Landvetter (1* VS 4b):

Led - If you're not a hyper-confident VS leader, I wouldn't wander onto this one. It's an adventure VS as opposed to a fine-climb VS. Start the ab an hour before low tide, or you will get wet. Go all the way down to the huge platform, then climb up to the curving chimney on the left, back on to the wall (if you can find a way of doing this via 4b moves, I'd love to know how - 5a for both Damo and I), and finally into a cave to belay. I continued directly up the right of the corner all the way to the top, and would give it a soft HVS 4c, but would give the whole route an extra star for simply being a great experience. Damian did the first pitch, and I was convinced he was going to throw me off the belay ledge for getting him onto this route. Both of us ended up with big grins!

Infra Red (1* S):

Solo - Darcy made the mistake of abbing down to the platform at Sadddle Head without a rope (bunch of donkeys the lot of us), hence a nice easy line out was needed. Taking the left wall as an eliminate is HS, but really isn't worth it. A good solo or lead.

Sunset Boulevard (HVS 5a):

Seconded Paul - In the CC guide, there is an E1 in addition to the HVS up the wall right of Sea Mist. I would say that the line shown in the Rockfax guide is this E1, with the HVS starting up left to the good ledge, before keeping just right of the arete. The HVS is nice slab climbing, but pretty much the same as all slabs in Pembroke - generally quite good!

The Hole (2* E1 5b):

Led - Pembroke is full of huge, blank-looking walls. Although good for technical difficulties and exposure, I would far prefer the more 3D climbing of caves / roofs / aretes (see the fun had on Landvetter). 3D climbing with technical difficulties are hard to find, but, like this route, tend to be unfortunately separated. The name of the route refers to a cylindrical tube through which the final few metres of the climb pass - just good fun, but quite easy. There are two starts, HVS coming into the ramp from the left, and E1 gaining the ramp direct just left of a hard-looking corner. Both have to be considered soft-touch, given that after the first few moves (top of the ramp), it eases to VS, and both starts are well-protected. However, overall it's interesting and just about gets the right grade, and probably gets the stars just for the hole. Alun seconded.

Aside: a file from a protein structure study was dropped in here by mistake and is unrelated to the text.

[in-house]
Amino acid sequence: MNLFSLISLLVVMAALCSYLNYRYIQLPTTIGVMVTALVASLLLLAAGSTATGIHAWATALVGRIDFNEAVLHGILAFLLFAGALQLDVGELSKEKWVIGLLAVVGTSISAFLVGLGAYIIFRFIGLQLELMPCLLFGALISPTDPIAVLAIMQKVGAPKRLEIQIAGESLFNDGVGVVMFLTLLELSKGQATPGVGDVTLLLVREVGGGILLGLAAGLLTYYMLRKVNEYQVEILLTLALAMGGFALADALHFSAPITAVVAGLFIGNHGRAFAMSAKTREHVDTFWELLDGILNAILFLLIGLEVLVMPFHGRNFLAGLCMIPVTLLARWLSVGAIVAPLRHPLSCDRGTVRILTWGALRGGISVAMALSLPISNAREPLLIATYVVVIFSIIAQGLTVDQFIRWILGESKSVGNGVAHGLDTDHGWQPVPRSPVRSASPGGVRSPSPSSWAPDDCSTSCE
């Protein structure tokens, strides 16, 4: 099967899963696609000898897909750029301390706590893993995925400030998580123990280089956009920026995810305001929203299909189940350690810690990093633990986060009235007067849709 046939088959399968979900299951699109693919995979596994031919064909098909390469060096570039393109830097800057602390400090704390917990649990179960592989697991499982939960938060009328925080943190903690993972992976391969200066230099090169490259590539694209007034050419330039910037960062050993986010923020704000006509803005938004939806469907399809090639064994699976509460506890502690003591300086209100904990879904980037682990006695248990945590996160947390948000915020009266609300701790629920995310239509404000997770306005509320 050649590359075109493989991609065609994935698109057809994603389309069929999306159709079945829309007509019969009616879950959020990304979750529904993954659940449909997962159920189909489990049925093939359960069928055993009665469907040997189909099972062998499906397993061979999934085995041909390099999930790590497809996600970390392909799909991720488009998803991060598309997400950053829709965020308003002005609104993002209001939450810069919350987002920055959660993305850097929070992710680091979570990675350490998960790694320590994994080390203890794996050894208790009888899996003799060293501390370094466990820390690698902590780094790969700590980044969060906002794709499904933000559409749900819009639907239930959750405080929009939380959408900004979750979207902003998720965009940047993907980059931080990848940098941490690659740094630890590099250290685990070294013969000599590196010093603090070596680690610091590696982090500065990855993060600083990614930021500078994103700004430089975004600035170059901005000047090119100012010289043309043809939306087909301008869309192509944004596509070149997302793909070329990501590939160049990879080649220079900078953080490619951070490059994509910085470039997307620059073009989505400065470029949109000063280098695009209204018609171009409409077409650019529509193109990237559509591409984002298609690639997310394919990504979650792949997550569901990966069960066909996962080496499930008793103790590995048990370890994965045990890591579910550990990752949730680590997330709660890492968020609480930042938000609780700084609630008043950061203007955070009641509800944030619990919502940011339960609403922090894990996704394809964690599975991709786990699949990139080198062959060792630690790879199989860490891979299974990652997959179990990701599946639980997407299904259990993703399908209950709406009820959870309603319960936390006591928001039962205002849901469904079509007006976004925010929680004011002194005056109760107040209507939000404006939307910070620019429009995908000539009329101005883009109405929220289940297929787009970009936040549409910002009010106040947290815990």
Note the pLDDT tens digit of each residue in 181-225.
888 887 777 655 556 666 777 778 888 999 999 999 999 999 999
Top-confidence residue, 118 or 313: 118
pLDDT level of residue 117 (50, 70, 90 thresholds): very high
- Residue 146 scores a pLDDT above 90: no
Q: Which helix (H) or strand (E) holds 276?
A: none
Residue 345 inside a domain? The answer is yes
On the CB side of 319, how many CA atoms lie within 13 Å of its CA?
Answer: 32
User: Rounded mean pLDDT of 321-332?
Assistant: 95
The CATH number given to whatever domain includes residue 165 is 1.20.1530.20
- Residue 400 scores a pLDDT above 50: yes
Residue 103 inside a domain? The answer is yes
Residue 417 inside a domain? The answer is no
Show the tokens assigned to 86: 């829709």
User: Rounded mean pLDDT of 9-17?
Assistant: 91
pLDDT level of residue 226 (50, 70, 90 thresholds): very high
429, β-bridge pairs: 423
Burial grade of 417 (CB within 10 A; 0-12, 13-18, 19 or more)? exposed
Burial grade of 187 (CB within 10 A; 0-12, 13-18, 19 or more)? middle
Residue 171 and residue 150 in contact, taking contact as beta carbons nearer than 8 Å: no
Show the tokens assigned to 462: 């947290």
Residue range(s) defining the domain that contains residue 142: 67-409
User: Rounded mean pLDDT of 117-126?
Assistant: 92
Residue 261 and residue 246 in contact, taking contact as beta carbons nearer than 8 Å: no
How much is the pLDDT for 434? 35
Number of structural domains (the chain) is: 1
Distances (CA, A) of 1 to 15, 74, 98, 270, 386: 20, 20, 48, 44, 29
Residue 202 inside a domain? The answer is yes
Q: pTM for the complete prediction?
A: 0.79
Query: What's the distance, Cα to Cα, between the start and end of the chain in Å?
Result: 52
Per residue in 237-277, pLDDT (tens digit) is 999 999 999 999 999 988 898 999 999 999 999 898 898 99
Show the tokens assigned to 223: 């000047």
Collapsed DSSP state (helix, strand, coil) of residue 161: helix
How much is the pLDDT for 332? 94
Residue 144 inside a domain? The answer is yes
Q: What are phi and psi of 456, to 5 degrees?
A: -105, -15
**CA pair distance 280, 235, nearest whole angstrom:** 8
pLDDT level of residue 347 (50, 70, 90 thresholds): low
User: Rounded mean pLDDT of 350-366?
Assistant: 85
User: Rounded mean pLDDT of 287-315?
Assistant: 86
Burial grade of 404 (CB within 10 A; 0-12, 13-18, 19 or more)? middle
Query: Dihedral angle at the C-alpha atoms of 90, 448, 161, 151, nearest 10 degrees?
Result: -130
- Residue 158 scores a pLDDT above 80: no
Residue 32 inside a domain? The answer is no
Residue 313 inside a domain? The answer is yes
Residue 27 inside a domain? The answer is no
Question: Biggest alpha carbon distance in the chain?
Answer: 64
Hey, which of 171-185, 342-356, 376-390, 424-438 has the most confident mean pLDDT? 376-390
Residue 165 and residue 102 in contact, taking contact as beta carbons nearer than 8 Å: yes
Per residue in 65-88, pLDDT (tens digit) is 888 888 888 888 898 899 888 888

Enter The Goat (2* E2 5b):

Seconded Alun - Not sure about the 5b bit, soft 5c seems more like it, but that might be due to the continuously crimpy lower section. Given that this section is protected by a dodgy peg, it would feel a tad bold too! After the step right into the first crack, it eases considerably and becomes more enjoyable. It put a large smile on Paul's face, and is again probably a little soft at the grade, but correctly starred.

Riders on the Storm II (S 4a):

Solo in trainers - The rock around Pembroke is such that you almost solely get either get blank-looking walls or lots of jagged, juggy breaks (see the grade selection of areas in Pembroke - all hard, or lots of easy). Like Saddle Head, the rock above Riders of the Storm gives a veritable playground. Rock shoes are probably recommended, but depending on the line taken, they aren't vital.